When I was probably 7 or 8, I decided that spaghetti is the right dinner on Halloween prior to trick-or-treating. Why? Because we had it two years in a row, which made it a tradition.
I’m also pretty sure that “Christ the Lord is Risen Today” must be sung on Easter, preferably with a full processional or it just isn’t Easter.
I love tradition. Traditions offer meaning and depth, and they connect us through space and time to others who have walked similar paths.
But, traditions can get in the way of what really matters.
Matthew and Mark give two very similar accounts following the walking on the water incident, first of Jesus healing people and then another when he was approached by the Pharisees and Scribes.
The Scribes and Pharisees don’t often show up in our Sunday school lessons, it’s usually just dialogue and we prefer to tell the stories that have some action in them. They’re also messy, but the conversations that Jesus has with them, which are sprinkled throughout the Gospels, are crucial to our understanding of what Jesus was doing.
In this incident, Jesus was questioning the “tradition of the elders.” The leaders, those in authority, called out Jesus for not washing his hands before eating, which was part of Jewish custom.
They have a weird exchange in which Jesus seems to say: “Well, you’re breaking this other law, so we don’t have to listen to you. This is a silly rule anyway.” Jesus then goes on to explain that food doesn’t make us unclean.
God wants more for us than old traditions but it’s hard for us know what really matters when it feels like some traditions are arbitrary and meaningless. Sometimes the elders forget to pass on the “why,” sometimes we’re just overwhelmed by the weight of it all, and sometimes it feels like certain traditions contradict the main thing: to love one another.
This is when we must go through the difficult process of discernment, which often involves some trial and error. What happens if we set this tradition aside for a while? What happens if we tweak this one? What happens if replace one tradition with another?
This is how we learn; it’s how we take the faith we’ve been given and make it our own. We’re not called to be disciples of our parents or our Sunday school teachers, but of Jesus. Asking questions and wrestling with what’s been given to us is a critical part of discipleship, so that we can discover Jesus for ourselves.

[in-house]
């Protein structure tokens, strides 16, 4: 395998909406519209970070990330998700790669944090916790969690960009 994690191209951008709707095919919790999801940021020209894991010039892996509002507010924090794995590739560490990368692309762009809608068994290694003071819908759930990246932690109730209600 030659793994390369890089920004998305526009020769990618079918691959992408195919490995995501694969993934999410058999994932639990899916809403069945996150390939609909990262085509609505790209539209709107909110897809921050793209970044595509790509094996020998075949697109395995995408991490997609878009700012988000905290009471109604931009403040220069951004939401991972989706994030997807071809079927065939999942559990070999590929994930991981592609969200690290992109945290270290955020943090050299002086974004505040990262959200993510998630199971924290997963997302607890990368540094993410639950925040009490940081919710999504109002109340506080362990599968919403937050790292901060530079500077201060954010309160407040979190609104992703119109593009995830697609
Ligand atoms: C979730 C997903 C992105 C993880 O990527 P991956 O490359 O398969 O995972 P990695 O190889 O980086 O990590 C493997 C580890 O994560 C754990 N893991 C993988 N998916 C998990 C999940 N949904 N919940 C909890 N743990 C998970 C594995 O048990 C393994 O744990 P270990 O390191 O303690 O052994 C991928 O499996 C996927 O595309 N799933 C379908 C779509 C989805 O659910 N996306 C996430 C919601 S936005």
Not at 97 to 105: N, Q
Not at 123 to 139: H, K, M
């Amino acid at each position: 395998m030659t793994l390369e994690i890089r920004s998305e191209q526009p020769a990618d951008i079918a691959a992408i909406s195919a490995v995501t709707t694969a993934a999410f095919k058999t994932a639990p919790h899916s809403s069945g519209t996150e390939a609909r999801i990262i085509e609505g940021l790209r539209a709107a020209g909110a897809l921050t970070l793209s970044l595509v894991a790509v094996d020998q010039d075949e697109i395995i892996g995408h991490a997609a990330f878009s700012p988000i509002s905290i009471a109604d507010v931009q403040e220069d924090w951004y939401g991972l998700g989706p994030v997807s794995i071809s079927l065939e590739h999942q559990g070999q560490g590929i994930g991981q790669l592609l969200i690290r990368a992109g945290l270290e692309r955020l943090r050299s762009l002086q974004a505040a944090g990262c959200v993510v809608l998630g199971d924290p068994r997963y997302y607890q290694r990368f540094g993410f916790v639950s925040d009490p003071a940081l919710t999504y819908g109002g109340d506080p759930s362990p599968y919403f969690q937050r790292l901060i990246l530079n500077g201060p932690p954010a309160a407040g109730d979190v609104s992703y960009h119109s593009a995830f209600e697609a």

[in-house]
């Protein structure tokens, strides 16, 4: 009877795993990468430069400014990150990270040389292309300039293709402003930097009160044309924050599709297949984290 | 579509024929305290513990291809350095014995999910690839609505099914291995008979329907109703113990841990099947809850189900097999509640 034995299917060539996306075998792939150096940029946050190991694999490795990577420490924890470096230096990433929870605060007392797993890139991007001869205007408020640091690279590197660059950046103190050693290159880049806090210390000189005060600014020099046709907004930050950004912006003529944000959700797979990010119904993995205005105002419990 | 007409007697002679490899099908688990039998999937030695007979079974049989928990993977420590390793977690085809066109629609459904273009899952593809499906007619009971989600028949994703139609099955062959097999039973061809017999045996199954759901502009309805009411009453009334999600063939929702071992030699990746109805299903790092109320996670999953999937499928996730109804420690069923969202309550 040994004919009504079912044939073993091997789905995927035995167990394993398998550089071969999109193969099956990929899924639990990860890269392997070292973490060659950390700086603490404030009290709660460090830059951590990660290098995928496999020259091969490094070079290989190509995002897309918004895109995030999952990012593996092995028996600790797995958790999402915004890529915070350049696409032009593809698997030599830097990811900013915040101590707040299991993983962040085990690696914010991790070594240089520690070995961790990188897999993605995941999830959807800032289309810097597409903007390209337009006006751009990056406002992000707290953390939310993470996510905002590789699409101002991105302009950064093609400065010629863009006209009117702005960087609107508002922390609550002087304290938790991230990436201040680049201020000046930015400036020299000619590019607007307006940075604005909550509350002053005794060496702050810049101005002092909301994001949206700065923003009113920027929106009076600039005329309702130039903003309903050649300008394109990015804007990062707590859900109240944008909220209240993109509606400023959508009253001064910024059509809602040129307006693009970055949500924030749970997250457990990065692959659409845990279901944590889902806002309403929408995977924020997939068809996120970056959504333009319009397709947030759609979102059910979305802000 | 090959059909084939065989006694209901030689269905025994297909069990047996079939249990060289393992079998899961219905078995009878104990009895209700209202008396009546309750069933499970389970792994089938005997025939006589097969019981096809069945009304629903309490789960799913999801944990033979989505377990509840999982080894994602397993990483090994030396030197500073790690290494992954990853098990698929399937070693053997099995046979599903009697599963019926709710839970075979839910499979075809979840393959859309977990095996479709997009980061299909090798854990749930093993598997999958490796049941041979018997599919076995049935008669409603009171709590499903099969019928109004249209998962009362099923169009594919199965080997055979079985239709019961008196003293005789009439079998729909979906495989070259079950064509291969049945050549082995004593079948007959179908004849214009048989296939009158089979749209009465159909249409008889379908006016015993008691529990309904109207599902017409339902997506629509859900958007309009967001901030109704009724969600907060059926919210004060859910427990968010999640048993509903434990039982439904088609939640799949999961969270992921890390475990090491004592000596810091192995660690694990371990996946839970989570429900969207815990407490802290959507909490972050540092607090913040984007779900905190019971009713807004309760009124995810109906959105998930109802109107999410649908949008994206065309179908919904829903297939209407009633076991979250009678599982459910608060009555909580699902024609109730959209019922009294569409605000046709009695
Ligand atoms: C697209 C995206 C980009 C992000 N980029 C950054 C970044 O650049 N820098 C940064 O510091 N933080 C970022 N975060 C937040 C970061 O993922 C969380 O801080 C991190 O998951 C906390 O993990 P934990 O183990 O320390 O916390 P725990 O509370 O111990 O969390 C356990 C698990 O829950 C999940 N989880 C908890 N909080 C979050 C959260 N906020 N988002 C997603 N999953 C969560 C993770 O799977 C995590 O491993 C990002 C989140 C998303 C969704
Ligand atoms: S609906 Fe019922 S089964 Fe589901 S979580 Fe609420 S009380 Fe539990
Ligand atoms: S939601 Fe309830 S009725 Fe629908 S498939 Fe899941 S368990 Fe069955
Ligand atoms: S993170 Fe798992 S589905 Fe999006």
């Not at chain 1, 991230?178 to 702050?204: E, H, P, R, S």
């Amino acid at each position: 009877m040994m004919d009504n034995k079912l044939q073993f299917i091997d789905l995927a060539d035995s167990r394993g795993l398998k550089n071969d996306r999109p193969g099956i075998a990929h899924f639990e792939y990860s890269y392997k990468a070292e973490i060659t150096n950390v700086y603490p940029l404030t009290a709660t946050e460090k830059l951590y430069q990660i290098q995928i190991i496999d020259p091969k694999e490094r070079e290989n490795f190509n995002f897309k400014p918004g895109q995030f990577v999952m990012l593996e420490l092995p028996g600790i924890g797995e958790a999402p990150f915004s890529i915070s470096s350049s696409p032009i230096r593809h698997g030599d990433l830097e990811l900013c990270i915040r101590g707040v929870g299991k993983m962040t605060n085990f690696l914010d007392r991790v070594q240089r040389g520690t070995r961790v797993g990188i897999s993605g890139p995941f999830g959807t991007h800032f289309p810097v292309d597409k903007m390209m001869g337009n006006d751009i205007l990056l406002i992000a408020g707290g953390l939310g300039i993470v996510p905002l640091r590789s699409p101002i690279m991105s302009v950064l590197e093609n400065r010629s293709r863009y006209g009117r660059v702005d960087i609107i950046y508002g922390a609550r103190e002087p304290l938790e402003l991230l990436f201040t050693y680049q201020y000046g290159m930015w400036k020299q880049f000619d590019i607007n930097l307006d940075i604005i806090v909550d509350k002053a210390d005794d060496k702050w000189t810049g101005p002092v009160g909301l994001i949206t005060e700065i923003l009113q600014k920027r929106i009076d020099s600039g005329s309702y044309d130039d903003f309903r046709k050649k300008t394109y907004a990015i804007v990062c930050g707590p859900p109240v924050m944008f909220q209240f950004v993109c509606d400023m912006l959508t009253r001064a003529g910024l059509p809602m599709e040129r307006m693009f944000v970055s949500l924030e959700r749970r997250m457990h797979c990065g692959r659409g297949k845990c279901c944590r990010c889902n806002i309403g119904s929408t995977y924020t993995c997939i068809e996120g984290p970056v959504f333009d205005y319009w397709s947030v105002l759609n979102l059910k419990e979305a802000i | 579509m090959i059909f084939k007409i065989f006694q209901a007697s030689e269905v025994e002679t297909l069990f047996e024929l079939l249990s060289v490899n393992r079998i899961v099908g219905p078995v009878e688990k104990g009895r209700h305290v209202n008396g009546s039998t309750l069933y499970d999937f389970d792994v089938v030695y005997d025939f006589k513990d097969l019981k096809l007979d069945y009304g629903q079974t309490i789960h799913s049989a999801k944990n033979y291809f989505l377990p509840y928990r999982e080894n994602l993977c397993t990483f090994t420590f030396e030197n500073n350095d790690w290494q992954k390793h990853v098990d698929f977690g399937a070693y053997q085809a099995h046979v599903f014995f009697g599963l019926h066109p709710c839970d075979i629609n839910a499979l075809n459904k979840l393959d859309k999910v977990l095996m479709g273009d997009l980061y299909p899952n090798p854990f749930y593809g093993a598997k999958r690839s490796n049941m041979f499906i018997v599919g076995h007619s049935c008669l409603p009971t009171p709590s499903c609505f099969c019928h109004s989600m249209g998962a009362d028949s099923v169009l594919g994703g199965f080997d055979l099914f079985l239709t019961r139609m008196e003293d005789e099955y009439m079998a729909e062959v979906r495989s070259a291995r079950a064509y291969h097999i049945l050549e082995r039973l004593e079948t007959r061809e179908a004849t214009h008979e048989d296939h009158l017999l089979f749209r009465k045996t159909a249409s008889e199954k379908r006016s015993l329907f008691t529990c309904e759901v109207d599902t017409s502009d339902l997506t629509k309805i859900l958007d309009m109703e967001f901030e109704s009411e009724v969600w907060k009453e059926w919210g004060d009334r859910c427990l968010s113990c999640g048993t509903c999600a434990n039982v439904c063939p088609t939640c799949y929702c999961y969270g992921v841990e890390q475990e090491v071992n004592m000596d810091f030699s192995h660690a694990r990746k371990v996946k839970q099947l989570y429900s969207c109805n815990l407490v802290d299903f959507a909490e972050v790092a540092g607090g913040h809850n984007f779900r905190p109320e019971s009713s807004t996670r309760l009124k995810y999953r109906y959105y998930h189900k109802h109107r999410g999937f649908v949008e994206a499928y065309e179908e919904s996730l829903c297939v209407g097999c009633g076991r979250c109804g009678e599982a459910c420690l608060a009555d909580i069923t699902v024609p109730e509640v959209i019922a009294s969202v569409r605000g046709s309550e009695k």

When we peel back the layers, we often do find Jesus at the center, but sometimes we don’t, and we just need to be honest when happens. They still might be worth keeping for other reasons. Personally, I think washing our hands before eating is a good tradition. But, I need to remember that it’s for my physical health, not spiritual.
That’s the hard thing with traditions. Some of them have value outside the spiritual realm and some may have had value at another time and place. Most difficult for us is that some traditions might carry significant spiritual meaning for some people because that’s where they encounter the living Christ, while for others the same practice is a pointless ritual.
So, what are we to do? Jesus made that part clear: in everything, do to others as you would have them do to you.
After college, I wandered away from the UMC for a few years into a church that didn’t regularly celebrate Holy Communion and when they did, they said a quick blessing and passed around the cups and plate of wafers. A snack, in my opinion (and not a very good one).
I suddenly needed “real” Communion and announced to my in-laws that I would be going to the Methodist Church the following Sunday. My mother-in-law asked how I knew they would have Communion. I paused. It was the first Sunday of the month, of course they would have Communion, they’re Methodists!
And they did, with all the necessary (to me) words of institution that transform a little snack into a holy meal, into a sacrament where I found that Christ was present.
Traditions matter. It was the tradition of the sacrament of Holy Communion that brought me back into the United Methodist Church and where I found Jesus for myself.
Read Matthew 15:1-20; Mark 7:1-23
What are some traditions that you like?
What are some traditions that bring real meaning to your spiritual journey?
What is the difference between a long-standing tradition and a rule or law? When “long-standing” means hundreds or even thousands of years.